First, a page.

Your mother is in a nursing home and has qualified for Medicaid. She’s been able to keep her home because it is a non-countable asset. You have been paying the utility bills, insurance, maintenance and taxes. Your plan is that if she gets better and comes home, her home is still there for her. If she doesn’t ever come home, after she passes, you will sell the house, get reimbursed for what you have paid for her, and then share the profits with your siblings.
Unfortunately, mom is never able to return home and passes away in the nursing home. Over the years, you have paid out over $50,000 in expenses for your Mom’s house. You are happy with the sale price of $120,000, knowing that after you get reimbursed, you will have $70,000 to split between you and your siblings.
At the closing on the house, the title company gives you a closing statement showing you are going to receive $46,000 from the sale of the house! Someone must have made a mistake! There isn’t enough to fully reimburse you for your expenses, let alone provide you and your siblings with an inheritance. You have told your siblings they will be receiving cash! How are you going to explain this to them? Unfortunately, there is no mistake. You and your family are a victim of the Medicaid Estate Recovery Program.
When someone receives Medicaid benefits, the State keeps track of every penny they spend on the person. When the person dies, the State tallies their expenditures, and then looks to see if there are any assets in the person’s name that they can recoup some of its out of pocket expenses. This is called Estate Recovery, and it is mandated by the Federal government.
Certainly, it makes sense from a public policy standpoint that if the State helps pay for a resident’s care while they are living, then the State should be reimbursed, as fully as possible, by any assets remaining at the resident’s death. While this policy may make sense for the government, families are never happy to learn that the State will put a lien on the home and take up to the full value of the house after their loved ones die.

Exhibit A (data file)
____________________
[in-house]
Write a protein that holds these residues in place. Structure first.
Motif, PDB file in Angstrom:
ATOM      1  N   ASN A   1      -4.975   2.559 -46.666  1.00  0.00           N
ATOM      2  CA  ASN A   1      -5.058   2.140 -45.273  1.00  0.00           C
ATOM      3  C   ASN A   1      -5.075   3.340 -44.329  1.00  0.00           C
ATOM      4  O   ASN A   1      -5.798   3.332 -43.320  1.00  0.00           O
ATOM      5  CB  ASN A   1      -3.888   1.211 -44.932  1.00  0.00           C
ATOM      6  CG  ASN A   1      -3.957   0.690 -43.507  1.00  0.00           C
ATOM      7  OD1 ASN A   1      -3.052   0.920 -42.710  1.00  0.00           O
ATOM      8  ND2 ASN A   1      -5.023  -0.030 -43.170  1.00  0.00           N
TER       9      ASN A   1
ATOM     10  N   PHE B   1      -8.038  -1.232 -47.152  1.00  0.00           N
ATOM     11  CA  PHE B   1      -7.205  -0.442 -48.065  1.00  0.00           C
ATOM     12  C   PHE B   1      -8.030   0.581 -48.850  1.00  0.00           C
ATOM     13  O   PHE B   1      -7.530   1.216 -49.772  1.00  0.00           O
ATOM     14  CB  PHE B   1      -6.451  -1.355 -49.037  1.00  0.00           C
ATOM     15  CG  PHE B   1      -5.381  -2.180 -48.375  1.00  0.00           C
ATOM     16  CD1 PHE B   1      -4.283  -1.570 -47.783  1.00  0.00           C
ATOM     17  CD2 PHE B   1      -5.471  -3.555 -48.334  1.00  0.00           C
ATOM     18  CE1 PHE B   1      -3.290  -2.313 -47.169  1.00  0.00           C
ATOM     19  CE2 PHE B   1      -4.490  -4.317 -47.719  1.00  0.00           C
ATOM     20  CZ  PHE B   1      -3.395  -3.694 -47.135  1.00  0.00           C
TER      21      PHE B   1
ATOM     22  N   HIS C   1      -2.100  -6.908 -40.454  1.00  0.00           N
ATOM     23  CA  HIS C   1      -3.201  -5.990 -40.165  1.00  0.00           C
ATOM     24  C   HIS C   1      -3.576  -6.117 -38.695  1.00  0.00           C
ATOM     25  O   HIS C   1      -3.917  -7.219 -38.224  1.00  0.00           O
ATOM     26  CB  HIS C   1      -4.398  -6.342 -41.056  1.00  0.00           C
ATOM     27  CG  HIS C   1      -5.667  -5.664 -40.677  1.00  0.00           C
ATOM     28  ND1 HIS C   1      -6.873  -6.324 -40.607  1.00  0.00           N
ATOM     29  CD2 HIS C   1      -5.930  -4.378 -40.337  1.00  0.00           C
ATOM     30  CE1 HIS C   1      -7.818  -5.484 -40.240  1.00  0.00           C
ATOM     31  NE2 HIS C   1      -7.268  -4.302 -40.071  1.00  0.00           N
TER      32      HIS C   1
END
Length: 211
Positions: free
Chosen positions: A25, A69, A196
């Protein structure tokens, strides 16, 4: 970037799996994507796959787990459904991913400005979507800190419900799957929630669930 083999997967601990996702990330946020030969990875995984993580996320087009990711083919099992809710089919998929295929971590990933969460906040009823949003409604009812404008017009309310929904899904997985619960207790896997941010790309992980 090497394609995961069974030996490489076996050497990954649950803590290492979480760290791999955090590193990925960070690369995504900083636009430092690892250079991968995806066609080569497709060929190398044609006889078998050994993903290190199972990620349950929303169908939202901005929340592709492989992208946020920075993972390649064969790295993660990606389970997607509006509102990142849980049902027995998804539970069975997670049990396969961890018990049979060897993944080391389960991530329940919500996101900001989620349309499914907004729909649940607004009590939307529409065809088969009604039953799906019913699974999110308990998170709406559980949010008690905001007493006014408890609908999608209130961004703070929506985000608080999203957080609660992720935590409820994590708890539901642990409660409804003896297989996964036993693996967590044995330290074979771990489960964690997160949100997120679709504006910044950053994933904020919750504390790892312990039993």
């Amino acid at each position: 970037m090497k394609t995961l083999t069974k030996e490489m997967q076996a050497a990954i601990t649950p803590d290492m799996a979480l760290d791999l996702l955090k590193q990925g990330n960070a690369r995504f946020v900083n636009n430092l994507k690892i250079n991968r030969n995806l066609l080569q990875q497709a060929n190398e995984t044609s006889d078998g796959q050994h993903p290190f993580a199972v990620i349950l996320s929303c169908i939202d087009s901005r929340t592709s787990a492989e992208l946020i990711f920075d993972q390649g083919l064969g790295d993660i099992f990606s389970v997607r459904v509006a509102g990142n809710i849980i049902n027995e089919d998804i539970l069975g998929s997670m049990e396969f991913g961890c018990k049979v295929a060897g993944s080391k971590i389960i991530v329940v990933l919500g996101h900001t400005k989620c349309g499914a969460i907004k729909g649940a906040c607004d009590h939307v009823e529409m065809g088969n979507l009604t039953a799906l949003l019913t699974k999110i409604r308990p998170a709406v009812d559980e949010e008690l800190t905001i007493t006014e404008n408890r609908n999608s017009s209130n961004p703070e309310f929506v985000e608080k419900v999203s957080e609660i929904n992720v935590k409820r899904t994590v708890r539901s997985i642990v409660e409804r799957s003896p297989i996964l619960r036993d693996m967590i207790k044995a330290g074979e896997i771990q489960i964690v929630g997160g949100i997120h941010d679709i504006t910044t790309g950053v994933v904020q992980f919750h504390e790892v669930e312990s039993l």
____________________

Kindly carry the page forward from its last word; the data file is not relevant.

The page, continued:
At one time, Missouri was only pursuing certain real and personal property that the Medicaid recipient had titled in his or her name alone. Now Missouri is taking advantage of the Federal law’s expanded definition of “estate” that allows the state to recover most assets in which the Medicaid recipient has an ownership interest, including jointly owned property, property held in trust, and life estates.
Many people believe a Beneficiary Deed will protect the home from Estate Recovery. A Beneficiary Deed allows a home to be passed on without the need of going through Probate. However, the State will open a Probate Estate, pull the house into Probate and collect whatever they can from the real estate.
There are ways to prevent Estate Recovery, but it takes the specialized skills and knowledge of an Elder Law firm to accomplish.